Edwards’ Rule Limited
Maryland v. Shatzer, 130 S. Ct. ___, 175 L. Ed. 2d 1045 (Feb. 24, 2010).
Edwards v. Arizona (1981) bars police from initiating questioning with criminal suspects who have invoked their right to counsel. Shatzer was in prison when he was initially questioned. He was returned to the general prison population after he invoked the right to counsel.
Two and a half years later police reinitiated interrogation. On the second encounter, Shatzer waived his Miranda rights. Maryland courts suppressed the confession, but the Supreme Court reversed, and in doing so created an arbitrary period of 14 days in which Edwards’ prophylactic rule expires after a break in custody.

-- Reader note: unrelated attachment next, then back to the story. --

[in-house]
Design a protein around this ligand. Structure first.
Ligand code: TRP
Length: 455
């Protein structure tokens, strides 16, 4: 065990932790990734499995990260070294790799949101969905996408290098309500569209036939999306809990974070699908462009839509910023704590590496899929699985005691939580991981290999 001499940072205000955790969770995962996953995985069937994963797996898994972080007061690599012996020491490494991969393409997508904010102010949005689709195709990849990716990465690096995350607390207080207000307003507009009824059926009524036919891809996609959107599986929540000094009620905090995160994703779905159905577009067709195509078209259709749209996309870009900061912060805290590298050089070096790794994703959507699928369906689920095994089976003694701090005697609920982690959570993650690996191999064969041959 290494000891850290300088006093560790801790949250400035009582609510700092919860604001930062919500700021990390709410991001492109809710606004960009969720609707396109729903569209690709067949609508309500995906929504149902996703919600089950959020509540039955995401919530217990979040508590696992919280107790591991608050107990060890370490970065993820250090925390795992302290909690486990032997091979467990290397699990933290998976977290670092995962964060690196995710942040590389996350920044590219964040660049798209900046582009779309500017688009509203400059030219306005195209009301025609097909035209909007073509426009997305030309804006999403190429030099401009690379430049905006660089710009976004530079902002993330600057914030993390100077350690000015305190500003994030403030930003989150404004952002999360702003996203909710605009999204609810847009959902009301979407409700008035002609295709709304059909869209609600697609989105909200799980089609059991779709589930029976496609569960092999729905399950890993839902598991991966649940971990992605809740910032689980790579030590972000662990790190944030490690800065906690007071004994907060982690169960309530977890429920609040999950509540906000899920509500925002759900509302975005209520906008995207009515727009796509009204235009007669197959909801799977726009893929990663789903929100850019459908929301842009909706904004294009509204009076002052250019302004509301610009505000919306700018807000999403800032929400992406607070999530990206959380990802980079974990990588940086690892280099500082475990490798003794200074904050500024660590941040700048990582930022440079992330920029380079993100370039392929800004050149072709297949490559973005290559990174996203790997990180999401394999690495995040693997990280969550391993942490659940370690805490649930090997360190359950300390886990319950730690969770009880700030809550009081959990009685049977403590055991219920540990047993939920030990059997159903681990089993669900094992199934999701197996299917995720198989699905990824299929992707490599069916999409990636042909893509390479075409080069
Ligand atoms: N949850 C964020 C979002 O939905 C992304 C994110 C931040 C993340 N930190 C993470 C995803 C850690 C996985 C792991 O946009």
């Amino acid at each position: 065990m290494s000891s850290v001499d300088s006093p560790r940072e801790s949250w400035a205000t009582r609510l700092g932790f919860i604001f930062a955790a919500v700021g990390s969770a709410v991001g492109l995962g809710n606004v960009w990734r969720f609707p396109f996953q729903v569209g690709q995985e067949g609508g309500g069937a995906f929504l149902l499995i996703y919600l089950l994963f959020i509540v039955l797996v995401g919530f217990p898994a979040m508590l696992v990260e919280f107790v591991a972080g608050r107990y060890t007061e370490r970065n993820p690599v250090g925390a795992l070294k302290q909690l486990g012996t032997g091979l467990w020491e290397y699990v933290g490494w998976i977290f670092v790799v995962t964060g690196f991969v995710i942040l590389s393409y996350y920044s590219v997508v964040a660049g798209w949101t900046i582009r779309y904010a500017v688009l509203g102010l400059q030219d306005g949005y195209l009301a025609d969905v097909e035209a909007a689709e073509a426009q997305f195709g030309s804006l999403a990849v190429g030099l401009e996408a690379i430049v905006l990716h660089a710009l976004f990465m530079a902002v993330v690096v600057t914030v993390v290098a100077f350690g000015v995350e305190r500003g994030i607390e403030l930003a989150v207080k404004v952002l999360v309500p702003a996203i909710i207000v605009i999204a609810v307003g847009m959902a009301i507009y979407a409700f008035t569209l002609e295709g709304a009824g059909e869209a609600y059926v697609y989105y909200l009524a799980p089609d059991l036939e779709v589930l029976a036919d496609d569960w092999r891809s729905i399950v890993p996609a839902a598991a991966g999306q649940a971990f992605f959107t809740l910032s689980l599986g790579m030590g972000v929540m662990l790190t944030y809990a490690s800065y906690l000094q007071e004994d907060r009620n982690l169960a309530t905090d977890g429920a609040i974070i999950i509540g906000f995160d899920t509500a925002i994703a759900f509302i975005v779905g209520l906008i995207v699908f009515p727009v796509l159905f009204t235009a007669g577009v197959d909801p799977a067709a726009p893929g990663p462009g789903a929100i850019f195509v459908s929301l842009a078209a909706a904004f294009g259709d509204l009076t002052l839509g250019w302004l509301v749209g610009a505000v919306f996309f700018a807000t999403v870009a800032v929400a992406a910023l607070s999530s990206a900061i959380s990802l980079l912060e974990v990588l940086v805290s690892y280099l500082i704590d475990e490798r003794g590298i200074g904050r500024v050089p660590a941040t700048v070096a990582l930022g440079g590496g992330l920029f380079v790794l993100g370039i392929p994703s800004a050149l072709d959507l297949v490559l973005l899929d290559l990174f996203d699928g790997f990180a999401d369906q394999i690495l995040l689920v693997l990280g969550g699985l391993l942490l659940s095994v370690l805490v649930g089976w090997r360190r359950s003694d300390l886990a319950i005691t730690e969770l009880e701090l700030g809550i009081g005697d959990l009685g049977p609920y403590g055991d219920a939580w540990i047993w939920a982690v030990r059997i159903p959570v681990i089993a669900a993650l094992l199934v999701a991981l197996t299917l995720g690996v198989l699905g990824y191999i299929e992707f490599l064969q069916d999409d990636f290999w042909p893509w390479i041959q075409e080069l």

“Because Shatzer experienced a break in Miranda custody lasting more than two weeks between the first and second attempts at interrogation, Edwards does not mandate suppression of his March 2006 statements. Accordingly, we reverse the judgment of the Court of Appeals of Maryland, and remand the case for further proceedings not inconsistent with this opinion.”